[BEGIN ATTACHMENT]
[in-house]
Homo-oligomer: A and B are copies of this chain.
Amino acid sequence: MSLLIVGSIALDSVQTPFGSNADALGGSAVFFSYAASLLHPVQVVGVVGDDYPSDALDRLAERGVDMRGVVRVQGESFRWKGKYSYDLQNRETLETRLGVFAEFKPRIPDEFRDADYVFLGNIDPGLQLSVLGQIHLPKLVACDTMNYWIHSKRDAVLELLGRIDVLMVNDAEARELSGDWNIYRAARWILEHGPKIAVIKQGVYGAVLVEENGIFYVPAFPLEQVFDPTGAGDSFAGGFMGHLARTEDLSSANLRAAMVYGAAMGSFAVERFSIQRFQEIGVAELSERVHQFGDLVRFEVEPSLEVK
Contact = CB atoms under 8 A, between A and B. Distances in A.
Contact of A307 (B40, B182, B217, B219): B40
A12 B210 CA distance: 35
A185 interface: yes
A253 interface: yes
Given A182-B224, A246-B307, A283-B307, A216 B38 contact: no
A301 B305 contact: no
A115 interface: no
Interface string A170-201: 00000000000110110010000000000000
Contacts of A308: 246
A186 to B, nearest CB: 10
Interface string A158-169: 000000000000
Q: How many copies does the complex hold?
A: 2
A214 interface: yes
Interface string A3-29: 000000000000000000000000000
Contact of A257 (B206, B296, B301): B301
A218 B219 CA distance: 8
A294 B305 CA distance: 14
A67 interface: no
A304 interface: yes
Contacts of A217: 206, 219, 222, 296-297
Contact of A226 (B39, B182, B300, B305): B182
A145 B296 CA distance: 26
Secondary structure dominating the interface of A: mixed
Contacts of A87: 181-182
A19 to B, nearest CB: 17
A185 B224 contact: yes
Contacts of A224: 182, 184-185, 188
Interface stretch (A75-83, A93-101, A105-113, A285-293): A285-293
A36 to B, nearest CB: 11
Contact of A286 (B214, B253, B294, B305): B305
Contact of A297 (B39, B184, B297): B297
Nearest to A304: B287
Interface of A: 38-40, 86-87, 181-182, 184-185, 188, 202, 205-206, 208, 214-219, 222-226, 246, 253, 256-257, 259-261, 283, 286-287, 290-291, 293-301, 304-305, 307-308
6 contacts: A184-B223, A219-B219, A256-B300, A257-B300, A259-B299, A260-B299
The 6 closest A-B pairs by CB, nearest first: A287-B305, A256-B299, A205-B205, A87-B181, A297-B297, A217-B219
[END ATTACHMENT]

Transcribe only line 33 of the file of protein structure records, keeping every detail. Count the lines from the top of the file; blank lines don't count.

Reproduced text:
Interface stretch (A75-83, A93-101, A105-113, A285-293): A285-293